Two authors of a George Floyd book were reportedly told not to discuss racism at a speaking engagement for K-12 students in Tennessee.
Last month, authors Robert Samuels and Toluse Olorunnipa spoke to students at Whitehaven High School as part of a reading program in Memphis, Tenn.
According to NBC News, the authors of the Pulitzer-Prize-winning book “His Name Is George Floyd” were “blindsided” by “last-minute restrictions” on what they could discuss. The issue was also reported by multiple outlets, including the BET news section.
They were reportedly told that they could not read from their book or talk about systemic racism to high school students. They were also informed that their book would not be distributed to the students to take home, a decision that was a “disservice” to the students, according to Samuels.
“I was thinking about the great disservice that they’re giving these students who deserve better,” Samuels said before the event to NBC News.
He went on to say, “I thought about my personal disappointment and feelings of naïveté that despite all the work Tolu and I had done to make sure the book would be written in a way that was accessible to them, a larger system decided that they were going to take it away.”
Instead of talking about the broader themes of the book, they chose to talk about their personal experiences instead.
Apparently, the source of who delivered the guidance is still unclear.
According to Chalk Beat, the organizer of the event, Memphis Reads, said that the instructions to the authors were based on guidance from the school district to comply with state law that restricts what can be taught to students. Memphis Reads, a reading program based out of Memphis’ Christian Brothers University, picks one book every year to “engage Memphians in issues that are relative to daily societal topics and themes.”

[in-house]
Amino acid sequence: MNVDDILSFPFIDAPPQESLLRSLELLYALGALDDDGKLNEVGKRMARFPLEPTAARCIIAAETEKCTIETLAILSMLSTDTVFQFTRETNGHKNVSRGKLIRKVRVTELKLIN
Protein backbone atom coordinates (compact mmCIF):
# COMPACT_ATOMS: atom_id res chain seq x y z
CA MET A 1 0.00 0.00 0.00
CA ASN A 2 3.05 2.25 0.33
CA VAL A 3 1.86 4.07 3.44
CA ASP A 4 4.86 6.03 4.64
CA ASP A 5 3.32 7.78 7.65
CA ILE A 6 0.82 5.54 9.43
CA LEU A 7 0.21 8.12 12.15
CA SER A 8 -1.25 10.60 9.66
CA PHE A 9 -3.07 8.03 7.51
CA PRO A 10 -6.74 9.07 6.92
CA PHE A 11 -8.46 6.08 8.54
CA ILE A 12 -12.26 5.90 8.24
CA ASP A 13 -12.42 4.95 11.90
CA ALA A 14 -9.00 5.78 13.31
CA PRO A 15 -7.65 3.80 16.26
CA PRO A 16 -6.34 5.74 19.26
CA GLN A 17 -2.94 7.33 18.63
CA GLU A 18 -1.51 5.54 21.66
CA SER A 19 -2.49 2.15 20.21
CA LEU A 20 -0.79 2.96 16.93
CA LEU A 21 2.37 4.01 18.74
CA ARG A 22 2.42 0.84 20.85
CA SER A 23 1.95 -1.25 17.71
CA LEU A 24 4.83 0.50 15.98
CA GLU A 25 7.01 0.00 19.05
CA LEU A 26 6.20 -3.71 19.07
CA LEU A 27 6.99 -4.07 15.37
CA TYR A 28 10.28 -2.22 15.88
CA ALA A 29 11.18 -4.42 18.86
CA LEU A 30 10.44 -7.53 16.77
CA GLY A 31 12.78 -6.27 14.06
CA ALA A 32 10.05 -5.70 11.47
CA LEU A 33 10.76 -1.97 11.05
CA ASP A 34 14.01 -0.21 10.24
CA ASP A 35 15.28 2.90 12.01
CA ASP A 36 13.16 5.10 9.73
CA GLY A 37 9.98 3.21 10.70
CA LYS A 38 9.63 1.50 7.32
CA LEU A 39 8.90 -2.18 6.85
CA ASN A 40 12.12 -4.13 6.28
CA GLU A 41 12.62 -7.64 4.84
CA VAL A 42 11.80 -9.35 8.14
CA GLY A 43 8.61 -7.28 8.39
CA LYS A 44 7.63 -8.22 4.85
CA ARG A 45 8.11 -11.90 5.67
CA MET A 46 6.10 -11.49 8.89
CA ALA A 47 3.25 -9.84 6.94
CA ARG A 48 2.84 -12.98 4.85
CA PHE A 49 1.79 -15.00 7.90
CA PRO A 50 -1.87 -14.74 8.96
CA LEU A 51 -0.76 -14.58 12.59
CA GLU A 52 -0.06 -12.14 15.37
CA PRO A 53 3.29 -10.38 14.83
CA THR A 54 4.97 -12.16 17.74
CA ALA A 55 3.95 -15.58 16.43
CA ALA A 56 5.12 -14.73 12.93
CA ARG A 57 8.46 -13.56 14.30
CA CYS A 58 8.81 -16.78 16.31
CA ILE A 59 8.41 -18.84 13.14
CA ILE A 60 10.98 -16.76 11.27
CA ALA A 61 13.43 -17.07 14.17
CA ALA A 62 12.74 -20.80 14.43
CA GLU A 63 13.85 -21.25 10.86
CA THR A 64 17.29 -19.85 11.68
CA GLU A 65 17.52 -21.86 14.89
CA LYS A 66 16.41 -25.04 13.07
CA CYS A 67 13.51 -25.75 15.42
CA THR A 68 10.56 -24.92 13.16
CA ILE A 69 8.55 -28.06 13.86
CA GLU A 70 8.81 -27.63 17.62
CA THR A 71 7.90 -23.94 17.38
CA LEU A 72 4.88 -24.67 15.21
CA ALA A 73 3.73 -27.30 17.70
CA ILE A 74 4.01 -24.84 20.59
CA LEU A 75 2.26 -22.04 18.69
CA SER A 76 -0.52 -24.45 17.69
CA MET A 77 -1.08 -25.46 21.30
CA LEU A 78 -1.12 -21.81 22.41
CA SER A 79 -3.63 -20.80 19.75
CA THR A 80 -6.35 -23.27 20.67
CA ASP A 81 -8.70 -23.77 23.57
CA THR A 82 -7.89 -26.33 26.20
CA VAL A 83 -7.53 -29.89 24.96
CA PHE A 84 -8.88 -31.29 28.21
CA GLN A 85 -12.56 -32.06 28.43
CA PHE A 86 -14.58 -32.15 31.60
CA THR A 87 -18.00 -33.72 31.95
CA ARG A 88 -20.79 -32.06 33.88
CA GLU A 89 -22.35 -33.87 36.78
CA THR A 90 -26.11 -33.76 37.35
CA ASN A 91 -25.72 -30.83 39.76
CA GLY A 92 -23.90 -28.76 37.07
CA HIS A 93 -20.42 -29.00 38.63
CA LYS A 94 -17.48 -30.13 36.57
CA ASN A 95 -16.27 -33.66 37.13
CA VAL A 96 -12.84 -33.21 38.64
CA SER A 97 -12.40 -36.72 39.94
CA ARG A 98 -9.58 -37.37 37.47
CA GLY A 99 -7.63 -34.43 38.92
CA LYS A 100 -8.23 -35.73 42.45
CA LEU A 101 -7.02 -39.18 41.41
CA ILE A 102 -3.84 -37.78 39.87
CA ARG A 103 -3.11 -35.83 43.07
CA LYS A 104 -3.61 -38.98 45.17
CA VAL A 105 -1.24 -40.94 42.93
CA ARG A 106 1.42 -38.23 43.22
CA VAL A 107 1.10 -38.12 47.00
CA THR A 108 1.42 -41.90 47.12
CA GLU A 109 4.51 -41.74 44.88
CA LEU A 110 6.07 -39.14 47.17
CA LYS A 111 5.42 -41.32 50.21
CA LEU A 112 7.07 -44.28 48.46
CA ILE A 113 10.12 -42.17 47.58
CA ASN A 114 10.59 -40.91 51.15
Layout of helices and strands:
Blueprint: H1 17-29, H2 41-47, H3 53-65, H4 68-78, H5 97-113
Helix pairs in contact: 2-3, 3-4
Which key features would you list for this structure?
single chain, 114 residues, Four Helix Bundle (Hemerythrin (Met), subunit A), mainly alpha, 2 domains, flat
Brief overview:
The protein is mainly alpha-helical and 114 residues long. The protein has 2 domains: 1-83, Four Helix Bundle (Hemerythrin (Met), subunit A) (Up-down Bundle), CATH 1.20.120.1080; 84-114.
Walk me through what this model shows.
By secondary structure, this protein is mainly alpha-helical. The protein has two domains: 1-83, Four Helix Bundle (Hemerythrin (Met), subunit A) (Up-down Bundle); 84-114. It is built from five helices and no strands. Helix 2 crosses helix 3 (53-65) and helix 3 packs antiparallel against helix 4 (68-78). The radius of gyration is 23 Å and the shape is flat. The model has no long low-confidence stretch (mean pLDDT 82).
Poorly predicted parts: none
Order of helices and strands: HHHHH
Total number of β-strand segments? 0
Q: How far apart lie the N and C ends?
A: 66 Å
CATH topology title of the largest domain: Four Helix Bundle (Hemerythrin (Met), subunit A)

According to the legislation, Tennessee’s teachers are prohibited from instructing students that “an individual, by virtue of the individual’s race or sex, is inherently privileged, racist, sexist, or oppressive, whether consciously or subconsciously.”
However, Memphis-Shelby County Schools [MSCS] officials pushed back on claims that the guidance was predicated on complying with state law and that they were given any restrictions at all.
Cathryn Stout, a spokeswoman for MSCS, clarified to NBC News that the issue was mere “miscommunication.” Stout said that the book was not given enough time to be reviewed before the event was conducted. Reviewing a book is a protocol to abide by state law.
The authors were never given any restrictions about what could be discussed at the event nor were they told they couldn’t read an excerpt from the book.
A statement from Stout sent to NBC News reads “Memphis-Shelby County Schools did not send any messaging that said the authors could not read an excerpt from the book. Memphis-Shelby County Schools also did not send any messaging that said the authors could not discuss systematic racism or topics related to the death of George Floyd.”
Stout added that the district was “saddened and disappointed” when they learned the authors “were given misinformation that was said to have come from us.”
Furthermore, there were alternatives given to authors, such as distributing physical copies of the book outside the school and through a local nonprofit.
“It was really disappointing to hear that our speech was going to be limited,” Olorunnipa told NBC News.
“Not only for us, but for the students whose access to knowledge is going to shape their journey in this world and in this country.”
When Fox News Digital reached out to MSCS for comment, it responded that the NBC News article should be referenced as the most accurate information.
Memphis Reads did not immediately respond to a request for comment.
“His Name Is George Floyd” gives an account of George Floyd’s biography and the “struggle for racial justice.” Floyd was killed in an encounter with Minneapolis police in 2020; former officer Derek Chauvin was convicted of his murder in 2021 and sentenced to more than 20 years in prison.
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